(Miss Cameron) I am not sure about that, Archdeacon, I think it is a very clear answer that you have given. I think the first point, my Lord, is that a disciplinary tribunal is not a criminal court. The 1963 Measure talked about a Court of Assize and, of course, that has been replaced with the Crown Court. The whole structure was expecting charges to be presented like an indictment in a criminal court and criminal procedure to be followed, and that is still on the statute book. That is what we are trying to replace by a disciplinary tribunal leaving criminal charges to be dealt with by the criminal courts and to have a tribunal which is dealing with professional standards. The chart which we put in as supplementary material, my Lord, deals with, I think, 10 or 11 other professions and shows that a substantial number of them apply the civil standard already. My Lord, Lord Campbell, referred to the doctors. It is true that there is nothing in their legislation or rules requiring the criminal standard as far as I have seen but, in practice, they are advised to use it. I understand that the new legislation, the Health Act 1999, which is applying to doctors, nurses, midwives and people in the Health Service, gives a power to the Secretary of State to intervene in regulatory matters. It remains to be seen whether the Secretary of State thinks it is necessary to intervene. There has been, and I think, my Lord, you and Members of the Committee will be aware of this, some public concern about professional medical standards because there have been some horror cases in the last few years. The real question, as the Archdeacon has said, is are the clergy to stand back and, notwithstanding that we are prepared to recognise that we are now 40 years on and that we want to move away from the concept of a Court of Assize to a disciplinary body dealing with professional bodies, still apply a criminal standard as though it were to be seen as a criminal court? The standard which is set, and has been set by the House of Lords in 1996, and we handed out a little note about this, makes it quite clear that a civil tribunal, which is what a disciplinary tribunal is, has to look at the matters, the allegations before it. We have already discussed this evening the range of possible seriousness of charges. The more serious the allegation the less likely it is that the event occurred and hence the stronger should be the evidence before the court concludes that the allegation is established on the balance of probabilities. That is the guidance under which all tribunals are operating in this country. So far, as far as I am aware, it has not created any difficulty. There is an evenness about it. What would be the message to say that clergy are not prepared to stand up like members of other professions and have their tribunals test them on the same standards that apply to other professions? That is something which was debated at great length. I think it came up at least twice, if not three times, in different debates in the Synod. Members of the House of Laity and, to be very fair, members of the House of Clergy stood up and said "We are prepared to be tested". Of course there are some who are not happy about that. Many members of the House of Laity said "We must have the clergy prepared to be tested in the same way as members of the public".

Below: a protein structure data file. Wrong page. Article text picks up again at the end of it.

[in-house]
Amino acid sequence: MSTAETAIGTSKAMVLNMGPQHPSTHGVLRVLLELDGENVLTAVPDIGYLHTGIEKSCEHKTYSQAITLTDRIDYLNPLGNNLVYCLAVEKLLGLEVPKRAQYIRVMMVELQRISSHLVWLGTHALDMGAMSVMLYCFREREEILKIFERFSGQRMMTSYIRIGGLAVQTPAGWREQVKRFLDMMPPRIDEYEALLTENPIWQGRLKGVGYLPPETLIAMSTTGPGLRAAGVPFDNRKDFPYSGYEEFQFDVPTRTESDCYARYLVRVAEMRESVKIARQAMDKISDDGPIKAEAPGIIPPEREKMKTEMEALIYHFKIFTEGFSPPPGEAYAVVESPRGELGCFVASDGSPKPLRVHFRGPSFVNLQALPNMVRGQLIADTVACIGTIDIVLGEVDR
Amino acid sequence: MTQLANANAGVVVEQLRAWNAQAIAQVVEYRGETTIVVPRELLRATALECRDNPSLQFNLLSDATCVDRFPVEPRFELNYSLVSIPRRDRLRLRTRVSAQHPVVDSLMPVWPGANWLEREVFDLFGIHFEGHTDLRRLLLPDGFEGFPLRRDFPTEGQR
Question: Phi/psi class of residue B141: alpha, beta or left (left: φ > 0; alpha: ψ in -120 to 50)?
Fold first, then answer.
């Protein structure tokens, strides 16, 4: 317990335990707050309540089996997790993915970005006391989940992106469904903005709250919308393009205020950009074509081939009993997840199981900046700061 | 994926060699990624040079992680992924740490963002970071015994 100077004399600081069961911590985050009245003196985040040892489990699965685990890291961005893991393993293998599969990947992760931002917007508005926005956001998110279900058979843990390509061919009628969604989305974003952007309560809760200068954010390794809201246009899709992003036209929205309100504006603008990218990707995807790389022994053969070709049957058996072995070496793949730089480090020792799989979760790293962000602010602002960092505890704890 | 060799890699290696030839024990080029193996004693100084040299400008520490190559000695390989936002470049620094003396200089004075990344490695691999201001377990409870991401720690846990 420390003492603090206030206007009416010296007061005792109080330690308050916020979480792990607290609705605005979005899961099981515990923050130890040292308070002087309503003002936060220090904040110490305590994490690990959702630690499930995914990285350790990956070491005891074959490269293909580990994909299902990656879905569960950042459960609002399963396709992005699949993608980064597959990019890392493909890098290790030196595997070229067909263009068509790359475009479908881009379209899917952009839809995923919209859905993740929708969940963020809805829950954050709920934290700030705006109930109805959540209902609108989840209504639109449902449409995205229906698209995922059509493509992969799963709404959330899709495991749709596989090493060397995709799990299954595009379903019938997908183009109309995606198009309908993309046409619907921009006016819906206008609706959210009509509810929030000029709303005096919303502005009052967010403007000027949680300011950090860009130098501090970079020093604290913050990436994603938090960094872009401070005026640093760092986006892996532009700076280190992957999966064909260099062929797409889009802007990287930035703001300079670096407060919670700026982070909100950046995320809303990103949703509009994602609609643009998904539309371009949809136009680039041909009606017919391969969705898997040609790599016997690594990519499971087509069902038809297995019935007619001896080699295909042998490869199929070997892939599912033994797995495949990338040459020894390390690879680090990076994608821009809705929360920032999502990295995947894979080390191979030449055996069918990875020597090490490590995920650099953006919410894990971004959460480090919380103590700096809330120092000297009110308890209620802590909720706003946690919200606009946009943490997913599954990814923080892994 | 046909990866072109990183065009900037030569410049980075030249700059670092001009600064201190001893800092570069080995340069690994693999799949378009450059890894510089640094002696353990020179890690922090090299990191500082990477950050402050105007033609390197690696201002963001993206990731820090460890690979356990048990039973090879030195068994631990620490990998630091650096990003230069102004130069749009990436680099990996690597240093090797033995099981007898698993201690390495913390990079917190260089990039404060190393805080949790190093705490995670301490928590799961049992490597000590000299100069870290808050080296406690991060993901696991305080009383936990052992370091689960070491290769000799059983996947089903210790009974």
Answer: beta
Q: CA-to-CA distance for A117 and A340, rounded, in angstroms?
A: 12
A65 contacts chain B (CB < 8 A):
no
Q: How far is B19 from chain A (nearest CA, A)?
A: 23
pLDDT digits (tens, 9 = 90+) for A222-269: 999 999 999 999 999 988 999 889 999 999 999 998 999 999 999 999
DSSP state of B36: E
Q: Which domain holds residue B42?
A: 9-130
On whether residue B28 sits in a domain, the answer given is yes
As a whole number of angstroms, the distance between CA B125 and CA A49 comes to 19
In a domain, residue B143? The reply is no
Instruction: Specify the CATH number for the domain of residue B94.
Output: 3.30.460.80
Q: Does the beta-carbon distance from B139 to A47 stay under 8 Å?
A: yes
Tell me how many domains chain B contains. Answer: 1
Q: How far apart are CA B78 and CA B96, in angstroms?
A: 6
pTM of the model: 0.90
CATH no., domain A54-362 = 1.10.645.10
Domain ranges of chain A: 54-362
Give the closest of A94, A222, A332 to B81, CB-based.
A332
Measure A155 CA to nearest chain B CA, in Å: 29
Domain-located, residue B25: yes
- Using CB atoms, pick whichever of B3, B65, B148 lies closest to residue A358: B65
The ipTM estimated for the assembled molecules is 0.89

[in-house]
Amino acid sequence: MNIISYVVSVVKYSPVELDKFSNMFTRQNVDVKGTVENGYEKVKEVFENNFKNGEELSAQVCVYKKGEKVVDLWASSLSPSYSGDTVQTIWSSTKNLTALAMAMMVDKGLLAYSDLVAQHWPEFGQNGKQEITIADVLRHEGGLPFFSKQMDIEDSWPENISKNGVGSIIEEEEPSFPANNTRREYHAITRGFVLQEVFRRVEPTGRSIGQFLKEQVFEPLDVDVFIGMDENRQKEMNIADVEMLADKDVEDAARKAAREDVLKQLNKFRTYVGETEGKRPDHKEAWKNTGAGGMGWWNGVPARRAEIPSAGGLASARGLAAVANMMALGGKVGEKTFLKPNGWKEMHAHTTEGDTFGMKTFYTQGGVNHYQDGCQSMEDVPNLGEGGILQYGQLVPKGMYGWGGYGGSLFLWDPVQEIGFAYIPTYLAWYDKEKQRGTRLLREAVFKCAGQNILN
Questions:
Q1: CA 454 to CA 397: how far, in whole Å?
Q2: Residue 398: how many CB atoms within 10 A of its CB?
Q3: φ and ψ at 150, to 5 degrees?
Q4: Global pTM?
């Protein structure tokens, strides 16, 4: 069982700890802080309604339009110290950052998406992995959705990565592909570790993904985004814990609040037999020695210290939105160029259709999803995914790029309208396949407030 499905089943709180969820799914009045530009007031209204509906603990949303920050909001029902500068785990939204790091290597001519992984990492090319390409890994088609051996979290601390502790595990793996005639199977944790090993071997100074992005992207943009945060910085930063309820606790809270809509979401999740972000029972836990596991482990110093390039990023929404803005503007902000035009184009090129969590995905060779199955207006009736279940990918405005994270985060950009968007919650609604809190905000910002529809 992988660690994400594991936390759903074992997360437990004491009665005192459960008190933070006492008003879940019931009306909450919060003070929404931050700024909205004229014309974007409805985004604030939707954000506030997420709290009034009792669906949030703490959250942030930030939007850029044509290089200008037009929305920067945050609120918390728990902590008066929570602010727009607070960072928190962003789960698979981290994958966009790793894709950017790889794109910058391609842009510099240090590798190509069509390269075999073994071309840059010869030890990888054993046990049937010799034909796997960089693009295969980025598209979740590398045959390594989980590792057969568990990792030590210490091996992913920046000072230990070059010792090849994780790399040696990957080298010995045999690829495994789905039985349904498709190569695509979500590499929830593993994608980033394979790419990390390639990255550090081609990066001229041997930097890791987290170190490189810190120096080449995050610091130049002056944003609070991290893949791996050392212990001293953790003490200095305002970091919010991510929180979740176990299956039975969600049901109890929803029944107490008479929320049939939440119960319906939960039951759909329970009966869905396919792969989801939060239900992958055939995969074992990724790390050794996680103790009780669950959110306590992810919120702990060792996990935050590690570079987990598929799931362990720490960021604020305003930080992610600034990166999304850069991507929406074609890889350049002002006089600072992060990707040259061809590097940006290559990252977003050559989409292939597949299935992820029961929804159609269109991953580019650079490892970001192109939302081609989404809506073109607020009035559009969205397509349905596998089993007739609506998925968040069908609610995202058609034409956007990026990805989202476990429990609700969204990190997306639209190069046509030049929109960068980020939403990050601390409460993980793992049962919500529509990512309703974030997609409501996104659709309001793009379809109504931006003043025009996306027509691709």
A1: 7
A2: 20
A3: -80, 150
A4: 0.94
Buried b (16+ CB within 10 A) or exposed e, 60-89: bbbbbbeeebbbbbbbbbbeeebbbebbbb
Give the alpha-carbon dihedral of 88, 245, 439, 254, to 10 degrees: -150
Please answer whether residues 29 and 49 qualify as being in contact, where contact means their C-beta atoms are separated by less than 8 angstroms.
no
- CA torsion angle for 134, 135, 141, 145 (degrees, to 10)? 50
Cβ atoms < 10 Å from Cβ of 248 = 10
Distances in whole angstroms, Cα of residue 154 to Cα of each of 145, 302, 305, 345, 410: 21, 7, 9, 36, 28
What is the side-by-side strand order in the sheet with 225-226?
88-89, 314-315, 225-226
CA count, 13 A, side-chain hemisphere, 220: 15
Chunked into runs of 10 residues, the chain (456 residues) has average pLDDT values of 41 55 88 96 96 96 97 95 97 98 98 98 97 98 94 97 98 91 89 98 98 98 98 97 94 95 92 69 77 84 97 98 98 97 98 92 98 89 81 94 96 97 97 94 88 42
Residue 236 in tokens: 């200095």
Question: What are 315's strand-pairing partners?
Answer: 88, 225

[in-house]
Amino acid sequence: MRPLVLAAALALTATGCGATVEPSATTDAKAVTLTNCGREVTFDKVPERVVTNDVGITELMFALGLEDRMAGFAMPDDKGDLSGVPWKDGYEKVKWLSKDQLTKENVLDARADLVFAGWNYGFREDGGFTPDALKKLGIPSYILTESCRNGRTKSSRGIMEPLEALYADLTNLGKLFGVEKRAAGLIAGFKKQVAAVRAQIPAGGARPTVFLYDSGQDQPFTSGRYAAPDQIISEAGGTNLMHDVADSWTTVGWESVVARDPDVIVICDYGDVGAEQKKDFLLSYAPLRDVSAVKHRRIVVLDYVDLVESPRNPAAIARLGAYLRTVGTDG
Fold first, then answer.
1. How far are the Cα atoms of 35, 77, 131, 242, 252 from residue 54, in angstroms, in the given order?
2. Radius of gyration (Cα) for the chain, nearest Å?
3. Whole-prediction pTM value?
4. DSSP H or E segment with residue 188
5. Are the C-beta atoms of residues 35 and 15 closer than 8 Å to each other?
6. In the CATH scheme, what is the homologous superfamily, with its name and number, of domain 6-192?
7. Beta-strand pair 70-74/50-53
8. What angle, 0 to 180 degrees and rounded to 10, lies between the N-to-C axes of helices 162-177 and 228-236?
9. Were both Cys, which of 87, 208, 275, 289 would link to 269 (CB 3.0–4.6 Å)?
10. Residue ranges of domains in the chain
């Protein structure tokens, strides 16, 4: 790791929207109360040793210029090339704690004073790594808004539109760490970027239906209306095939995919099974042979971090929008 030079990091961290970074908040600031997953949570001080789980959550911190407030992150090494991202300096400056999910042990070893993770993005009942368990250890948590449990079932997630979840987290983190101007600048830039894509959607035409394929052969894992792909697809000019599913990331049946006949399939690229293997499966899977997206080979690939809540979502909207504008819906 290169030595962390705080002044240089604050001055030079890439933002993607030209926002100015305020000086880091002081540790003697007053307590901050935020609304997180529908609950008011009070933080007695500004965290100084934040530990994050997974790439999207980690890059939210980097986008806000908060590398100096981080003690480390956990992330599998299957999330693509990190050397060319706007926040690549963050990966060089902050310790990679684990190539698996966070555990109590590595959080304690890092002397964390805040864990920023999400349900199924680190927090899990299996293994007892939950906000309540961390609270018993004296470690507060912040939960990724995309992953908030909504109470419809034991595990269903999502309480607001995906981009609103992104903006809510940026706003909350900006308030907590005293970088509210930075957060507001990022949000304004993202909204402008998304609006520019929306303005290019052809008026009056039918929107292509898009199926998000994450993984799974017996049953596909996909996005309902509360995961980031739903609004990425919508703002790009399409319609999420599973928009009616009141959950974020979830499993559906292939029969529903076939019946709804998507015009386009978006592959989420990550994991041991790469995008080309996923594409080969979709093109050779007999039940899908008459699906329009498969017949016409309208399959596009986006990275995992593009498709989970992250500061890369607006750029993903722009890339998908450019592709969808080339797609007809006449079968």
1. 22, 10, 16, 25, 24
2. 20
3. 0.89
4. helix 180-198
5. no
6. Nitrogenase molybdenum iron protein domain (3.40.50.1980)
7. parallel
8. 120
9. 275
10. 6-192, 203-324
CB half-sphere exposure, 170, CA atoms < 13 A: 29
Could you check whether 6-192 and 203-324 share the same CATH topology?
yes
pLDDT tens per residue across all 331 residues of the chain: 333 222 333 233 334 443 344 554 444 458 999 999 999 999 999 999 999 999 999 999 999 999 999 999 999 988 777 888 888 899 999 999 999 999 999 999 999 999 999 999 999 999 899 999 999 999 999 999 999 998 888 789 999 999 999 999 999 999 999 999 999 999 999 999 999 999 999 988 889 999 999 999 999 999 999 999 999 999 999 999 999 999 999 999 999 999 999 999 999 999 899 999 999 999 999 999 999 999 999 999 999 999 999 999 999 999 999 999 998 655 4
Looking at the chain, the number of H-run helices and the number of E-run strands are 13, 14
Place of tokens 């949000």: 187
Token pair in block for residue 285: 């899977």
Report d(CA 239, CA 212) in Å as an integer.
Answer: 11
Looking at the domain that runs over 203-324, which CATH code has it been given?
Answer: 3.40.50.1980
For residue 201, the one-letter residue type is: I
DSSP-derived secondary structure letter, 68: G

Chairman: I do want to ask Lord Laming to speak next. But before he does so I have to declare an interest as having been a party to the decision you mention. The thing that annoys me is that what Lord Nicholls said in that case is always quoted and what I said, even though I said exactly the same, is not.